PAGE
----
Growing Up Tegan & Sara
The day after Thanksgiving, my mom drove me and two friends to a theater just outside Philadelphia so that we could see Tegan And Sara for the first time. It was a few months after they released The Con, and I was 14, deeply obnoxious and deeply uncomfortable with myself. But my friends and I bought t-shirts at the show, put them on over what we were wearing, and felt at home. My mom sat a few rows back, a respectable distance away. The show itself remains a giddy blur, but I do remember what the room felt like: couples holding hands, embracing, offering up pecks to each other in between songs. It was the first space I had ever been in where there weren’t a lot of straight people around, the first time I saw how casual and normal queer love could be. That space was facilitated by two performers who felt as open and honest with their audience as we were with them.
A similar scene plays out in Tegan And Sara’s new memoir, High School, which comes out this week. The sisters go with their friends to a Green Day concert, and they feel the same sort of awe, inspired by and feeding off the energy of a room. A Green Day show in their prime was, of course, a lot different than a Tegan And Sara show in their prime, but that breathless wonder is just the same. “Standing just a few feet from where Billie Joe was snarling and tearing at the strings of his guitar, a guitar hanging so low it forced him forward into a nearly ninety-degree angle, I felt star struck, overwhelmed, consumed,” Tegan writes. They had the illusion of independence — their mom still picked them up after the show, asking how it was on the car ride home — but that freedom matters so much at that age. An experience like that stays with you forever, shapes who you are and who you want to be.
I was just a little bit younger than the Quin twins are when we first meet them in High School. Tegan And Sara’s career has always been based around recognition, and High School is a familiar story to anyone that grew up confused about their sexuality and their place in the world. Much like myself, they spent their teenage years discovering that the fire they felt inside wasn’t unique but universal. “I grew up convinced that what I felt wasn’t just inside me,” Tegan writes at one point. “I was sure I wasn’t the only one who felt this way.” She’s talking about a mutual crush in that moment, but it’s also an apt way to characterize what Tegan And Sara’s music means to so many people — an outward beacon of an internal feeling.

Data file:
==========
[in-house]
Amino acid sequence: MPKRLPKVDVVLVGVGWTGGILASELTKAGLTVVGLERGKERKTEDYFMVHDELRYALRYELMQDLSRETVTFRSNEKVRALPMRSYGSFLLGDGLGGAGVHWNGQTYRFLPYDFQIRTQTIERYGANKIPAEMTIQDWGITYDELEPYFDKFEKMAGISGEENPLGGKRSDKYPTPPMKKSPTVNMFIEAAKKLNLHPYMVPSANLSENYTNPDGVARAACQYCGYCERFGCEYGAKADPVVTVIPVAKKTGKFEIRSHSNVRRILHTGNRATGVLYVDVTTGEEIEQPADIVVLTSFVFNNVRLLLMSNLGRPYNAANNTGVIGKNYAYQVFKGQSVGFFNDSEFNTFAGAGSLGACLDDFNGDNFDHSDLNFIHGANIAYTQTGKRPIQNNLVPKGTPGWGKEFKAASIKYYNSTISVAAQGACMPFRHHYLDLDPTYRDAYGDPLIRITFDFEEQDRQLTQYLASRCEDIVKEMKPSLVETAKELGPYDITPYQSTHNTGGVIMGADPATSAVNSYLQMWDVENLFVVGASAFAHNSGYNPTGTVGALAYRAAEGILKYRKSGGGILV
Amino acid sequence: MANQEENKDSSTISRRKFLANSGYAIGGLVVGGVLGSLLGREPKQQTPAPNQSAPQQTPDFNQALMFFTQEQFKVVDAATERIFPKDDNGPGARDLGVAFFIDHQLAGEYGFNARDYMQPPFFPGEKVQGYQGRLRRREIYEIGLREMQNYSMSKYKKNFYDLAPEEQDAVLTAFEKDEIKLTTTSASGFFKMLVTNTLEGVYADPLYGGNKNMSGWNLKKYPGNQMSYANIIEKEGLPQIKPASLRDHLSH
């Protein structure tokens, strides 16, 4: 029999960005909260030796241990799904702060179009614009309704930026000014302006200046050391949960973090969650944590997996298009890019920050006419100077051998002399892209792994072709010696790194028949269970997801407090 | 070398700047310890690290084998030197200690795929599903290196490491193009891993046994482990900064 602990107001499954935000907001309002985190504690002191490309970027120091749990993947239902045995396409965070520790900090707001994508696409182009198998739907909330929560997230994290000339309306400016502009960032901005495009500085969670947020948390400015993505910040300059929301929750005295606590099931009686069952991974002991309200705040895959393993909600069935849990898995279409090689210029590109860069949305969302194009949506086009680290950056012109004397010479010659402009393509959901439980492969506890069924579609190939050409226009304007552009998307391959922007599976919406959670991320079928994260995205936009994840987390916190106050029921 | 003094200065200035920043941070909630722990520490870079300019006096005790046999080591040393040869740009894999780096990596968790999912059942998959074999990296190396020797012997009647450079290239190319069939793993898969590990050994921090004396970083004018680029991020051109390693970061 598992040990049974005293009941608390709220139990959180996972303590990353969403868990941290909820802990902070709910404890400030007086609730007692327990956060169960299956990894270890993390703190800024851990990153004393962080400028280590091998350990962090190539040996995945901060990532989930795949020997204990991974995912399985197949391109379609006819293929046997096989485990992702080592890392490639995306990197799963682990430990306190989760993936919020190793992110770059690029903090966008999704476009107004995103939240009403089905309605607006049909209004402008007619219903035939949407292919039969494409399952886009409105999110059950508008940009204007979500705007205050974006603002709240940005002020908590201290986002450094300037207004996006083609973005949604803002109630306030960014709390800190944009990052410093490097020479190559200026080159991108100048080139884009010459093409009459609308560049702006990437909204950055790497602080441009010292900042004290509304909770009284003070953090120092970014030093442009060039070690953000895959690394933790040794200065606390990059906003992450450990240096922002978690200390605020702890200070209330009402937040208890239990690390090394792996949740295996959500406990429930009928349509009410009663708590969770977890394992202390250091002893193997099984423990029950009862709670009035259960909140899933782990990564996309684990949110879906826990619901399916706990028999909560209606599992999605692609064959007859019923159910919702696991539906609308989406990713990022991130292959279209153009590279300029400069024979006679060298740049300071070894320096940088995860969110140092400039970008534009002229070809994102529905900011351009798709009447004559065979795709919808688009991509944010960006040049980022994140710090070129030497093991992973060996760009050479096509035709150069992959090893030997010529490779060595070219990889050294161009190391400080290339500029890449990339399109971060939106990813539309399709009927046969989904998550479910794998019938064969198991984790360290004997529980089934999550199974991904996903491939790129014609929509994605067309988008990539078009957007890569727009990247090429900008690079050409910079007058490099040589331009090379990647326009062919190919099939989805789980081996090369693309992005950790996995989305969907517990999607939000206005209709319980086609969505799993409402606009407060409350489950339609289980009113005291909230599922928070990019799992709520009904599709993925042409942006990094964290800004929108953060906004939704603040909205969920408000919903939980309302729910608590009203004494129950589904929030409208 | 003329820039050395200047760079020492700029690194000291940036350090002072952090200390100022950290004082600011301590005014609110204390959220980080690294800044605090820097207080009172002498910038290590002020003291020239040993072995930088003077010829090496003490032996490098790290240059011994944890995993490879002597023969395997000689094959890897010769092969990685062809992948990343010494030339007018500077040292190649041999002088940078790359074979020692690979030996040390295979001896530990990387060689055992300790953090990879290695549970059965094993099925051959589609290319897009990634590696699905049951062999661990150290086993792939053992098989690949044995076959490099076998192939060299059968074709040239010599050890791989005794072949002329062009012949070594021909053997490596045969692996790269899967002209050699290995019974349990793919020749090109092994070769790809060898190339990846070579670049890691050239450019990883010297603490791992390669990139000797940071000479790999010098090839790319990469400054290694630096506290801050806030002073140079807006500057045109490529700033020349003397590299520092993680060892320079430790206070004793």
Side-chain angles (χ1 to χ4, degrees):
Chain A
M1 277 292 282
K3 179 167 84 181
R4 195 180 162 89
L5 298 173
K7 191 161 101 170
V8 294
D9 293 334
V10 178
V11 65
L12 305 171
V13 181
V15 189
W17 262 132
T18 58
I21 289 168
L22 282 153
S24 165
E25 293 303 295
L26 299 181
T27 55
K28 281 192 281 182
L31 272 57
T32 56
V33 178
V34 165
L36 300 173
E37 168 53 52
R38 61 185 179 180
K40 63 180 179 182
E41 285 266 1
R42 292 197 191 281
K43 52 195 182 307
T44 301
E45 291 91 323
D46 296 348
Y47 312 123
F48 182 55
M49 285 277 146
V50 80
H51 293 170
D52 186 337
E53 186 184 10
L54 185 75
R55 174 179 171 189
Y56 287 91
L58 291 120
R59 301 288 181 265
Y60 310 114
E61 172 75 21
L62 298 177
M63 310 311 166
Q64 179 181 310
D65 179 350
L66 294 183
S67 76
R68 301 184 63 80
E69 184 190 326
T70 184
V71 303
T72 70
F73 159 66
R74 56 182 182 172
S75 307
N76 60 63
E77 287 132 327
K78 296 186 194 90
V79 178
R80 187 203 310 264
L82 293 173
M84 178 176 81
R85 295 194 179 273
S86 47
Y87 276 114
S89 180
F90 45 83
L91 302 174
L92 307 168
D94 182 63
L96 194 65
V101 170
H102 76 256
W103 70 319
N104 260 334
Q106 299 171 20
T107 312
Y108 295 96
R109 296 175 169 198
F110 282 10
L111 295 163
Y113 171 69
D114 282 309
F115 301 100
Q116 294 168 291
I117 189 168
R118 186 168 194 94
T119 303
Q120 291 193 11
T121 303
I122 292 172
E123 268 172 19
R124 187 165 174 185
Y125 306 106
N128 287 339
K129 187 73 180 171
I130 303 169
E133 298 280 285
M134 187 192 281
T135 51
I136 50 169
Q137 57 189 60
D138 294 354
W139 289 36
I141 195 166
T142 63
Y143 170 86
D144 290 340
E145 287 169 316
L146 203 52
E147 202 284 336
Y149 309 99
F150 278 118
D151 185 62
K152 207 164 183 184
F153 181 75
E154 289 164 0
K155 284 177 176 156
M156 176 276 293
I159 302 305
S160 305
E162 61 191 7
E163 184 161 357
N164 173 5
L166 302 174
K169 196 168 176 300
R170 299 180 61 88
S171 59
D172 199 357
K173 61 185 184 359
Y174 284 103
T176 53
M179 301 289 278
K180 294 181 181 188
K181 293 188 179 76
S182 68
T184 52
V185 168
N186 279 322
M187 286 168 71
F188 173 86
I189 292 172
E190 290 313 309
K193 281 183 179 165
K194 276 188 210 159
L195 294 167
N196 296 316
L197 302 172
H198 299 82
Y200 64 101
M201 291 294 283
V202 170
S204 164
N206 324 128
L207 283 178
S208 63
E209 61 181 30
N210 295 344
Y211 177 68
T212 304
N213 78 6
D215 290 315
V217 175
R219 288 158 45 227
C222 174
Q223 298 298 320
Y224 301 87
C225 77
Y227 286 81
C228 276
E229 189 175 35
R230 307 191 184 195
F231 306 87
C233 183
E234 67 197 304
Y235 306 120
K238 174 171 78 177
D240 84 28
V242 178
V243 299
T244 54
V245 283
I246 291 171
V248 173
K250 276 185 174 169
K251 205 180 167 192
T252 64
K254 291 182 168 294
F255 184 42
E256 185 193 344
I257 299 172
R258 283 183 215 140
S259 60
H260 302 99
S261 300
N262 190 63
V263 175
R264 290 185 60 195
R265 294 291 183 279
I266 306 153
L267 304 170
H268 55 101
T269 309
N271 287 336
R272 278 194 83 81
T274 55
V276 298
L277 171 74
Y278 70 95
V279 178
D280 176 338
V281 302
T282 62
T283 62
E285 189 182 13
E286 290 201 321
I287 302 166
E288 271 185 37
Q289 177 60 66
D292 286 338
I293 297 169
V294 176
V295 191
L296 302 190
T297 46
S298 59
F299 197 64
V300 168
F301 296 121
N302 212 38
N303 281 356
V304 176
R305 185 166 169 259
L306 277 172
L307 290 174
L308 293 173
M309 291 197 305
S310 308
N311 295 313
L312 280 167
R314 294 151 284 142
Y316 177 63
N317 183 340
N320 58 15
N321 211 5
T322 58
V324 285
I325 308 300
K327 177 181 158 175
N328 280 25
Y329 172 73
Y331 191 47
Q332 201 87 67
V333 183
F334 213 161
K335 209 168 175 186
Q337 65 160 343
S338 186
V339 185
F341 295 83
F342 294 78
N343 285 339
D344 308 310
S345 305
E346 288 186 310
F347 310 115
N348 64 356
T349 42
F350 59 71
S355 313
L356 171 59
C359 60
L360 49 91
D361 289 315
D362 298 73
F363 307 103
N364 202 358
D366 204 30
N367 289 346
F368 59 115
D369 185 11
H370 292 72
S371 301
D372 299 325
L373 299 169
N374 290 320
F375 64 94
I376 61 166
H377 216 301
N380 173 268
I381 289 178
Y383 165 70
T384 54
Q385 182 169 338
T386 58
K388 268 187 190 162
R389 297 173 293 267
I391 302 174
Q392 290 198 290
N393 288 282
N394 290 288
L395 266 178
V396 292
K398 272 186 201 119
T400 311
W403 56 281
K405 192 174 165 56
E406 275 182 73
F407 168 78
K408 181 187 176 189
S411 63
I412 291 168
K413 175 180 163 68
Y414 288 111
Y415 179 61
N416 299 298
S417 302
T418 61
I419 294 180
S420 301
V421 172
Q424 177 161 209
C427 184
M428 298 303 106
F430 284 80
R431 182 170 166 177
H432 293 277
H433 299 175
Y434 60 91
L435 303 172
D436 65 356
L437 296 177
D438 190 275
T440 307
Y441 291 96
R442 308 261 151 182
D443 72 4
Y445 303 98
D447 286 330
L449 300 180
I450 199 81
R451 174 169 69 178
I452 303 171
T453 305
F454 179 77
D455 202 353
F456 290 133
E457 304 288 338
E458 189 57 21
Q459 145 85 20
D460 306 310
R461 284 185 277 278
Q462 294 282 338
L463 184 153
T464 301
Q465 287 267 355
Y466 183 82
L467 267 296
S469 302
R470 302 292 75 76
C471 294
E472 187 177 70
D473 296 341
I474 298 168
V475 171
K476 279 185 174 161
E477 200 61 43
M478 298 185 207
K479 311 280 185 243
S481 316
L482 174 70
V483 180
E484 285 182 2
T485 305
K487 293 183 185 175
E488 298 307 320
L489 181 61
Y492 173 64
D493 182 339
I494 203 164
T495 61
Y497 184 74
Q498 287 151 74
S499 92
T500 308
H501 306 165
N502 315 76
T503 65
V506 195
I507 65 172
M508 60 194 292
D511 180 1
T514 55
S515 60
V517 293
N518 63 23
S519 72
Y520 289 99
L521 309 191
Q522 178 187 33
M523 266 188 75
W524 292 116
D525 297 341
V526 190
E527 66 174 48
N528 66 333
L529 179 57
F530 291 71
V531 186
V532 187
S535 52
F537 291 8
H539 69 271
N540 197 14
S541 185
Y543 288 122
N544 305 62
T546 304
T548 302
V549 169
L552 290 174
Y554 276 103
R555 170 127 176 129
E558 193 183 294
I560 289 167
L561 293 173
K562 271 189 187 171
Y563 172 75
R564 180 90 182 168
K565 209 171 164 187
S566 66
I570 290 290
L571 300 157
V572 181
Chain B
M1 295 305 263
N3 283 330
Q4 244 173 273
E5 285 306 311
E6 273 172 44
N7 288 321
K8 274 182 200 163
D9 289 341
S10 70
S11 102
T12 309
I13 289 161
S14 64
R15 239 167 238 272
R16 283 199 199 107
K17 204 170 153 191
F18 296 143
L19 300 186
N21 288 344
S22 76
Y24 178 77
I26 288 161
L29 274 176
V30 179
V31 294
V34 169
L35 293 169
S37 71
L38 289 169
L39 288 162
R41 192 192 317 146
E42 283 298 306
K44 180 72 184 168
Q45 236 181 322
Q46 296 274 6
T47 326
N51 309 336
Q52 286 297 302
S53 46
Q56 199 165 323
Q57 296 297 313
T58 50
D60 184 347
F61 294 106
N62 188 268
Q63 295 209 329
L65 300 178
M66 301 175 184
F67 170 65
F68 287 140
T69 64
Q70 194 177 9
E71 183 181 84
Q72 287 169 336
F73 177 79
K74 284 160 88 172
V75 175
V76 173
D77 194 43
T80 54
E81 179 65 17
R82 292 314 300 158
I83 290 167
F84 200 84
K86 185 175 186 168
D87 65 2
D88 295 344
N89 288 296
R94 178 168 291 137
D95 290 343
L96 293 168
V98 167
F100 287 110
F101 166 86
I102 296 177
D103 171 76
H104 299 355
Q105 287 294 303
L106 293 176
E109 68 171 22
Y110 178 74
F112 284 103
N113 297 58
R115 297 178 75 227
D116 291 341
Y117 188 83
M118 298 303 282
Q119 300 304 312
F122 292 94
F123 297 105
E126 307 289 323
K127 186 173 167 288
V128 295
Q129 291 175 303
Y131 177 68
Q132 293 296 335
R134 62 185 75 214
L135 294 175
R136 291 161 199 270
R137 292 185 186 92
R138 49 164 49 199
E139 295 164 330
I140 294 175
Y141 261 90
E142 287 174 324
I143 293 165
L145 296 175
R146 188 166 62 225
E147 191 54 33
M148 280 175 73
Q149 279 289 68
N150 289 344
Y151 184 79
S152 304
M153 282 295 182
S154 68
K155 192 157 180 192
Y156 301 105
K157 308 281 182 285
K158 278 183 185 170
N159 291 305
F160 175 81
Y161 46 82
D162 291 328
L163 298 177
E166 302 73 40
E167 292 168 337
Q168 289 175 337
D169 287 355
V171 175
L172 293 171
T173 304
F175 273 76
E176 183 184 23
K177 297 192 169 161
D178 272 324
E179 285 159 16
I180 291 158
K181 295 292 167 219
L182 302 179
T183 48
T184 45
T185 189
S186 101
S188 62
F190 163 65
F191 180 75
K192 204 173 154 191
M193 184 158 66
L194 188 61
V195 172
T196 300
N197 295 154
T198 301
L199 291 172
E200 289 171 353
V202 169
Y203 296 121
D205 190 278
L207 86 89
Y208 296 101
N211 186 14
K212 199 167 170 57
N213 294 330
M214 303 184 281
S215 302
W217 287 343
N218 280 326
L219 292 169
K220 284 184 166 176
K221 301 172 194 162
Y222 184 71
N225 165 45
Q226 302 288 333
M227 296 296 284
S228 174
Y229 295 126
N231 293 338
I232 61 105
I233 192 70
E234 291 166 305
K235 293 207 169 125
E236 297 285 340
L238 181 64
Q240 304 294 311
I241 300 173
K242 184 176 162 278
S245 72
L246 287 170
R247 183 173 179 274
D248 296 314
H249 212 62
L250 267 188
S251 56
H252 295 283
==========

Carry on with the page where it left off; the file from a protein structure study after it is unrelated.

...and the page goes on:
It would take a while for them to channel those feelings into music, though, and High School is only a little bit about what it would take for them to become Tegan And Sara, the musicians. But it’s a crystal-clear document of what it took for them to become Tegan And Sara, the people, and what’s so remarkable about the twins in this book is just how unremarkable they are. They’re normal teens doing normal teen things. They do drugs, they go to raves, have fights, fall in love. They have secret girlfriends and unsatisfying boyfriends. They could be occasionally mean and irrational, as most teens are, but they also have moments of adult clarity, hints of who they would eventually become. It’s a traditional coming-of-age saga, played out on the streets of the decently-sized Canadian city of Calgary, which the Quins render as your typical suburb, filled with raucous parties at friend’s houses and the persistent buzz of needing to escape your hometown.
And, yeah, it’s also about their music, but that was just one aspect of their lives at that point. They were regular angsty ’90s teens, obsessed with Nirvana and Smashing Pumpkins and Hole, and their earliest music was influenced by all of those bands. The book chronicles, slowly, in between scenes of heartbreak and teenage betrayal, how music came to mean more and more to the twins, how eventually it was the only outlet to express what they were feeling. By the end of High School, the only way they could process emotions was by putting them to music. “In my bedroom I sat cross-legged on the carpet with my guitar and began to work on a new song,” Sara writes in one of the book’s final chapters. “It was the only thing I knew how to do to make myself feel better.”